If competitions will get canceled overall, then sponsors will have limited ability to extract the value of the collaboration. Since sport sponsorship of major events can often contribute to a meaningful portion of the brand’s overall marketing strategy performance and budget, this can have drastic consequences and losses we’ve never expected before. With this in mind brands are likely to shift their marketing course and budgets to other channels that are Corona-proof.
It seems almost impossible to turn our heads around and find a win-win solution. In fact, losses will happen despite our efforts. However, the loss effects are less severe for annual or rescheduled events. Then, a sensible solution may be for the sponsor and promoter to simply carry over the sponsorship to next year’s event. It won’t always be clean or even possible to reschedule an event, but in the majority of cases, sponsors and promoters will need to find a commercial and working solution, rather than take on to a legal dispute. Rescheduling might be the way out as it seems to tick all the boxes for a good alternative.
It will not be as expensive for brands to allocate and edit their marketing assets while simply rescheduling compared to a severe cancellation. Just think of the amount of anticipation and excitement those games will have when back. Fans will be thirsty for broadcasts, relevant content and sports-related engagement more than ever. That’s exactly what sponsorships should be doing at the moment - strategically planning and preparing. It’s always tough to admit that the season is over but it is. Now is the time to get ahead of the competition, to take advantage of the situation, to be creative and to rethink sponsorship efforts & rights usage. Going more digital is clearly going to dominate the discussion.
Some organizations have already moved quickly to try and get in front of the cancellations. This includes Las Vegas-based Sports Gambling Podcast, which is running a simulated series of NCAA games on social media. NBA together with ESPN is hosting a series of NBA 2K Players Tournament where true NBA players represent their teams and compete against each other at home. Then they announced NBA players will compete in a game of HORSE. There you have it, a blank canvas for a variety of new brand placements and lots of sponsorship opportunities. New format and content might shift to a younger audience compared to live sports like college football, where brands can target older or wealthier fans. Nonetheless, it is a great alternative for any sports.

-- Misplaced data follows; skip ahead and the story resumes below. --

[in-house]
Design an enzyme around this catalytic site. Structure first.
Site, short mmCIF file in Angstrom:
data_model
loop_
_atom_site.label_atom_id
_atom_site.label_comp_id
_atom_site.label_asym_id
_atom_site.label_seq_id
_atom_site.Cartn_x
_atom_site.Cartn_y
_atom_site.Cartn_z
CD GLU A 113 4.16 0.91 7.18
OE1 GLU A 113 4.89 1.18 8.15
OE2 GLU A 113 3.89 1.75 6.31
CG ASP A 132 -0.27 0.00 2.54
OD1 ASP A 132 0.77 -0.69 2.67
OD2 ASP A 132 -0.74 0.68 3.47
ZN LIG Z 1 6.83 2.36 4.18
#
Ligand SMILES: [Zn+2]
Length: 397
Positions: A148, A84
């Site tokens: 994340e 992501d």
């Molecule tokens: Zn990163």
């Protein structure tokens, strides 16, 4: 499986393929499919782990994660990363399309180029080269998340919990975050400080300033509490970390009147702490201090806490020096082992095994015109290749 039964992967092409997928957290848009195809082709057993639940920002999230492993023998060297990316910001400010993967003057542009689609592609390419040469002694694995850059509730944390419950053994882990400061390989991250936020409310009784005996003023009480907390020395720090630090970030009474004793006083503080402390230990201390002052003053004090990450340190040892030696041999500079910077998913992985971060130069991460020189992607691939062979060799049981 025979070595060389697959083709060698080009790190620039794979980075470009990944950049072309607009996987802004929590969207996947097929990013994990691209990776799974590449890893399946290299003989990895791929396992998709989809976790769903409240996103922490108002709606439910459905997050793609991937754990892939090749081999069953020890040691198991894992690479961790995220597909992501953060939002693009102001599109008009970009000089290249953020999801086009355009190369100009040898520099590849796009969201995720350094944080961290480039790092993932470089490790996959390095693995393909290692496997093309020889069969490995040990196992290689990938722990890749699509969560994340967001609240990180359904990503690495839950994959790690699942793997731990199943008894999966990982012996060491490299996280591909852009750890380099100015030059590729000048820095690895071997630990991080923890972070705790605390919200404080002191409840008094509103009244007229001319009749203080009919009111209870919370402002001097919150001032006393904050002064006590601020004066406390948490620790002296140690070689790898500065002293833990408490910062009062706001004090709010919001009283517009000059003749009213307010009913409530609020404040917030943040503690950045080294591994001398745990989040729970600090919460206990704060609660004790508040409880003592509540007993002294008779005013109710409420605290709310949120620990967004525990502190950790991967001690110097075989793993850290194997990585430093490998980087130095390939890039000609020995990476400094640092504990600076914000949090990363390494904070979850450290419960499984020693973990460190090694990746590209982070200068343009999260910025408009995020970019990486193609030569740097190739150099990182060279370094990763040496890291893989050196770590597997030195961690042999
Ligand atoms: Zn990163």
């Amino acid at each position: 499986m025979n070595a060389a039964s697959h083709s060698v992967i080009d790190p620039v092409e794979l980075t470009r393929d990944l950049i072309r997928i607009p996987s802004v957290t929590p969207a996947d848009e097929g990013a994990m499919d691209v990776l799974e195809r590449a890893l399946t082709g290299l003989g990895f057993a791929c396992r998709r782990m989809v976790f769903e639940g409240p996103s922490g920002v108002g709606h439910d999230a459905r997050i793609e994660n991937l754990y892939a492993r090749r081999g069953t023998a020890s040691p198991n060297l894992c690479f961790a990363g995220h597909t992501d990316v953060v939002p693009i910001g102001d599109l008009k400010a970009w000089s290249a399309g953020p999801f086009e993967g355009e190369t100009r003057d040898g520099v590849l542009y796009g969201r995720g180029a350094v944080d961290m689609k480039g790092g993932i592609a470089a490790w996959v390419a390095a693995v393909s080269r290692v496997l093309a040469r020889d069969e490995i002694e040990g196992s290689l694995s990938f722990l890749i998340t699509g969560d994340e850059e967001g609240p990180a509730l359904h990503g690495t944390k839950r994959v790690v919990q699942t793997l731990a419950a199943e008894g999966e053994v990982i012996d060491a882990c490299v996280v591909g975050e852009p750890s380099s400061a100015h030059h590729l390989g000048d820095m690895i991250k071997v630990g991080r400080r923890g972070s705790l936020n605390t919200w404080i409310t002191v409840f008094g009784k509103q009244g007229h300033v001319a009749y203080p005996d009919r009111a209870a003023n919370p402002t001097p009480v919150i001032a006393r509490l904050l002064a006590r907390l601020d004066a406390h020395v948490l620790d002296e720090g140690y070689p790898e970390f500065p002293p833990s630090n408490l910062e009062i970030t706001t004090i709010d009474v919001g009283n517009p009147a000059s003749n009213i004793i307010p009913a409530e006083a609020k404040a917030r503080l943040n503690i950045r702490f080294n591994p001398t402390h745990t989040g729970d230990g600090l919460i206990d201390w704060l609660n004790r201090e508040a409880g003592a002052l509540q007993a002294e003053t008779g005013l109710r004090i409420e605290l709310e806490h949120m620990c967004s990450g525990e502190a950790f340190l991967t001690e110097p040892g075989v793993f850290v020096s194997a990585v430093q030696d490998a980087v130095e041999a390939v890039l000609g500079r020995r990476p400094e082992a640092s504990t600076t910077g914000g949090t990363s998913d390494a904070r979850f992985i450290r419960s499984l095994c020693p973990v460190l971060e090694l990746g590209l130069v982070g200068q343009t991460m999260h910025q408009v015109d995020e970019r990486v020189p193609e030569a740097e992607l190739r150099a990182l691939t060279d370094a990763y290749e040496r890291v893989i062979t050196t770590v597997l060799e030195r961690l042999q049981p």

While a lot of brands are struggling with how to shift their sponsorship efforts, some went outrageously simple. Juventus together with Adidas released a series called Classic Matches where fans can relive iconic football matches one more time. Those iconic moments and goals and all the crunch time is powered by Adidas. Simple? Yes. Good? Indeed!
Another example is the major European basketball tournament - EuroLeague. On March 25th they announced a partnership with Iqoniq, a digital fan engagement platform. Clearly this is not just a simple coincidence, but a sports organisation planning for long-term digital fan engagement.
That is exactly the reason why we believe sensible sport organisations and sponsor brands will shift their attention to digital in the years to come. Offline engagement efforts will likely to be changed with online ones more often, whilst connecting and engaging fans both on-site and off-site. That’s a perfect fit for digital platforms, fanhub applications or any other screen experiences for the fans. These sponsorships could be as simple as supporting athletes who are showing off their training techniques at home via social media or really advanced solutions like AR-51, that lets athletes be filmed in a small three-on-three basketball game that consumers can watch as a 3-D hologram later on.
What is the main takeaway of all the chaos that coronavirus brougth to sports? Everybody will think more digital and we, as fans and businesses, should prepare for the future of a more digital sport. Being able to connect, reach and engage fans not only through on-site game experiences, but also via a new wave of digital experiences is going to be a big challenge for sports and brands. However, it is a crucial step for sport sponsorships to move forward and think about the long-term.